How to start shooting HDR images

HDR photography is a technique that compiles several frames, merging them and using the frames to create an image that has better exposure across the frame. This process is done to counter the problems of variations in light across the scene. The technique suppresses the highlights and lifts the shadows while maintaining the exposure in the middle to ensure an image with more details in every frame area.

These are the steps to implement HDR photography.

Bracket your exposures

Learn how to use the auto exposure bracketing mode of your camera. Auto Exposure Bracketing is a technology built into most interchangeable lens cameras. This allows you to make multiple exposures of a scene and, in each exposure, slightly change the exposure settings so that you can have many variations. You can then compile these exposures to create a single image with an extensive dynamic range. The exact steps to dial auto exposure bracketing in each camera differ. However, they all conform to a general process. You’ve to select the Continuous shooting mode. Then go to Auto Exposure Bracketing mode and select the exposure ‘gap’ between each and the number of exposures you need. You need to select at least two. Compose, set your focus, stabilize your camera, and fire away.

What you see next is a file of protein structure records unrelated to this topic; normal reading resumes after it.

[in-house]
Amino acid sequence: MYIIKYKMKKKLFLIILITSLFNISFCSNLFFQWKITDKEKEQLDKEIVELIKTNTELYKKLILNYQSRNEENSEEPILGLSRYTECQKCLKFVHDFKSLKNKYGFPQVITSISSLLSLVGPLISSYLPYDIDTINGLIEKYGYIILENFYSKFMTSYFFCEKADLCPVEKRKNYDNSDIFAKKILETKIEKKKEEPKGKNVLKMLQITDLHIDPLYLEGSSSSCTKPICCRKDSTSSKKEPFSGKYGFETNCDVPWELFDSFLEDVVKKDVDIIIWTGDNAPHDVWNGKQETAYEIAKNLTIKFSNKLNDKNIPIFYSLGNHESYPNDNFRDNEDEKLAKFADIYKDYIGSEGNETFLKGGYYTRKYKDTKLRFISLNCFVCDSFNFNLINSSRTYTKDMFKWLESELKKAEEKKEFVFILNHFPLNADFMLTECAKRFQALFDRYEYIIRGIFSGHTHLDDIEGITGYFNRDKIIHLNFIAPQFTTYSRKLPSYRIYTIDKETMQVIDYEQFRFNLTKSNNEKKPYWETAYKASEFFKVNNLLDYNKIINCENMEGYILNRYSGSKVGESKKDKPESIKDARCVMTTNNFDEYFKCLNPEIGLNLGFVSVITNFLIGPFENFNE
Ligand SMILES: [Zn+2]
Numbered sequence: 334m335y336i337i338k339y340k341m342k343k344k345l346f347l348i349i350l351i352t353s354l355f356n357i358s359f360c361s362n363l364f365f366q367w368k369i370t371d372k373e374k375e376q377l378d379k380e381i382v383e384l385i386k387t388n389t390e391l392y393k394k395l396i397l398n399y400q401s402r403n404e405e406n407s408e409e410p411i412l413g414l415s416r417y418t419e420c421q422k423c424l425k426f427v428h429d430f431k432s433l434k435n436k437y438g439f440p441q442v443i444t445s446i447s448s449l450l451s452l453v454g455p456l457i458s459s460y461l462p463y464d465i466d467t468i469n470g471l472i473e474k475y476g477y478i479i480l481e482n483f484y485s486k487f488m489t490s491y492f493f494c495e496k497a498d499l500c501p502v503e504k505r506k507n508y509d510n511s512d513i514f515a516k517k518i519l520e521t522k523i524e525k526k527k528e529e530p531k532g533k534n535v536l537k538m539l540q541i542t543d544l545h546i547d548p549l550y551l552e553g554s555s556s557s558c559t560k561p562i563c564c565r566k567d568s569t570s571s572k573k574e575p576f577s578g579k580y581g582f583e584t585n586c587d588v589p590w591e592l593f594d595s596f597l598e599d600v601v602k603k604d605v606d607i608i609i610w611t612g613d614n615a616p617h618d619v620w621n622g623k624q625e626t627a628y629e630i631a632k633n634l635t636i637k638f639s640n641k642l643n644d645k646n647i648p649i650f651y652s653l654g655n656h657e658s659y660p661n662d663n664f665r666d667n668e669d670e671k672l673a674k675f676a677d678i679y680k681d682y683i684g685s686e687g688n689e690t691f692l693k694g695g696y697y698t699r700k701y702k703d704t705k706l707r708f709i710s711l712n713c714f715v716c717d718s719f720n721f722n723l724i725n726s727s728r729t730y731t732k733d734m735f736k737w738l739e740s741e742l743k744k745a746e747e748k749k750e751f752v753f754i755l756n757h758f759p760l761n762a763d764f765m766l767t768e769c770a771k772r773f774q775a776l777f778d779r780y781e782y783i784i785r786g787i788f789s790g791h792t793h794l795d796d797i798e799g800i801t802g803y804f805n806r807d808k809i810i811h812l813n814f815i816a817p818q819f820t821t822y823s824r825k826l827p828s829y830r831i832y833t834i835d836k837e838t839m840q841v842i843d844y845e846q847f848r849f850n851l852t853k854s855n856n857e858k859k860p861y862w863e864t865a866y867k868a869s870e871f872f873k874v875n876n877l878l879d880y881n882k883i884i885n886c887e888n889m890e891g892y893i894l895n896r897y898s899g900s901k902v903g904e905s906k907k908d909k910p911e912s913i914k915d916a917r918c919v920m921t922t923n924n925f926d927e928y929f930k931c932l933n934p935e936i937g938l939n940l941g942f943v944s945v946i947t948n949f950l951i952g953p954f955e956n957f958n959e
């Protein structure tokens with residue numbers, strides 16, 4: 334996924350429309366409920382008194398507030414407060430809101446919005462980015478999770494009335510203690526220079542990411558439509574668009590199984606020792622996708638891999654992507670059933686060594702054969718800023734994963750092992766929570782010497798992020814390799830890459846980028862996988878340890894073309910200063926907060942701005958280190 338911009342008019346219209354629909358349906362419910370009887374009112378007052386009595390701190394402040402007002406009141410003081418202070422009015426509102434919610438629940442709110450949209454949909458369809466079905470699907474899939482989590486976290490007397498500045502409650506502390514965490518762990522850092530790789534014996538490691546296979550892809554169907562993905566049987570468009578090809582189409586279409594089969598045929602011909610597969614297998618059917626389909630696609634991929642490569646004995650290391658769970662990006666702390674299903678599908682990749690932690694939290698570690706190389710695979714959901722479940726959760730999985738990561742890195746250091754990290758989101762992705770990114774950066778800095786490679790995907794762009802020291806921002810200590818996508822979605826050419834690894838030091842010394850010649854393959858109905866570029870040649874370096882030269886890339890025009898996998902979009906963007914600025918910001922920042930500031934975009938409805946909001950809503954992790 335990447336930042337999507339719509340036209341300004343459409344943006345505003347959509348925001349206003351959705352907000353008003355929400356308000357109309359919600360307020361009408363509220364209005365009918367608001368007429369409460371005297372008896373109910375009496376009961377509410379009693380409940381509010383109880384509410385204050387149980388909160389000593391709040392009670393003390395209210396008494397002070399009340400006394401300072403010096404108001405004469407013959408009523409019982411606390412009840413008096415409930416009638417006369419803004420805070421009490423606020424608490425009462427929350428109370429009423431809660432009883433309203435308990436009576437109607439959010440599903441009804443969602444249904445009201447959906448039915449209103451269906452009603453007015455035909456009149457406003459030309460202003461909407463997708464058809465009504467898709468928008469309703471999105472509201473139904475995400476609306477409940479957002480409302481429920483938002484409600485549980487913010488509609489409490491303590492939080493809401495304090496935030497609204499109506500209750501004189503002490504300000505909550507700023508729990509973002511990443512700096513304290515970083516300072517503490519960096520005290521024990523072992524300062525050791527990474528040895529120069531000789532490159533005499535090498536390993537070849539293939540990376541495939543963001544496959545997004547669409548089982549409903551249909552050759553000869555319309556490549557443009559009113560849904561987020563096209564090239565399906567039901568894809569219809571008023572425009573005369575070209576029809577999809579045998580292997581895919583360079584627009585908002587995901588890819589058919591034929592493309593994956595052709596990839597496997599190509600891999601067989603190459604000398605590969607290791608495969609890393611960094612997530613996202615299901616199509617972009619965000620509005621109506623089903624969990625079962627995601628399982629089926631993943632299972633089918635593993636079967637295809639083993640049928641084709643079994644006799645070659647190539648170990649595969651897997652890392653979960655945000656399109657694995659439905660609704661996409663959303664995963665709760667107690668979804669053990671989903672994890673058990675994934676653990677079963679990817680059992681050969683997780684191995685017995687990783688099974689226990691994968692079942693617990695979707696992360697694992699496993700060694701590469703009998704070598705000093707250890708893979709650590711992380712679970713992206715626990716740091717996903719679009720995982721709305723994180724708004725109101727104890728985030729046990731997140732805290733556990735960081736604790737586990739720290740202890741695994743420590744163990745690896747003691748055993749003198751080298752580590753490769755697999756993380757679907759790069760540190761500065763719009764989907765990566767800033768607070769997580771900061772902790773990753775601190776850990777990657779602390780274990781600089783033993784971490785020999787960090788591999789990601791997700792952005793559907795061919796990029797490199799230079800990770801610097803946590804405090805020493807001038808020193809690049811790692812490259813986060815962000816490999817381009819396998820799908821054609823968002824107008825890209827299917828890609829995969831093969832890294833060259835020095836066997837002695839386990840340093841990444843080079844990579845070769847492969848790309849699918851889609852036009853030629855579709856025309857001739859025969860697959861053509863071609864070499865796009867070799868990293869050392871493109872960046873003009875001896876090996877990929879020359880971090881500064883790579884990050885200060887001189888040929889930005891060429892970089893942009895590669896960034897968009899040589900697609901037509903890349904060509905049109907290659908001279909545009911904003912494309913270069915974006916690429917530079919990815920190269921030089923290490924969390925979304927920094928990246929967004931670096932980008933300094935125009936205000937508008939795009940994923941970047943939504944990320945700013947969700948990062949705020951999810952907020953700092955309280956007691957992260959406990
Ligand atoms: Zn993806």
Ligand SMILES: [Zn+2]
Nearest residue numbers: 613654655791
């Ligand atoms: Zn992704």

Shoot in RAW

This goes without saying. You’re missing out on many advantages unless you’re shooting in RAW. One is the ability to tweak your exposures to correct the exposure, highlights, shadows, and contrast. RAW is a lossless file format that does not lose image information when edited and saved. You can still edit JPEG files but lose information every time. Additionally, the camera has already processed JPEG images, so there isn’t much room to work with that file further.

Use a tripod to stabilize your shots

Using a tripod is essential because, without it, you won’t be able to hand-hold your shots and stabilize them while you do that. A tripod is a stabilizing rig that fixes the position of your camera, not allowing it to move when the exposures are made. This is important because you don’t like the composition to change even minutely. Yes, there are tools inside most photo editing applications that can align images and correct for changes in the composition. But that always results in a loss of resolution. With a tripod, you don’t have to worry about losing resolution.

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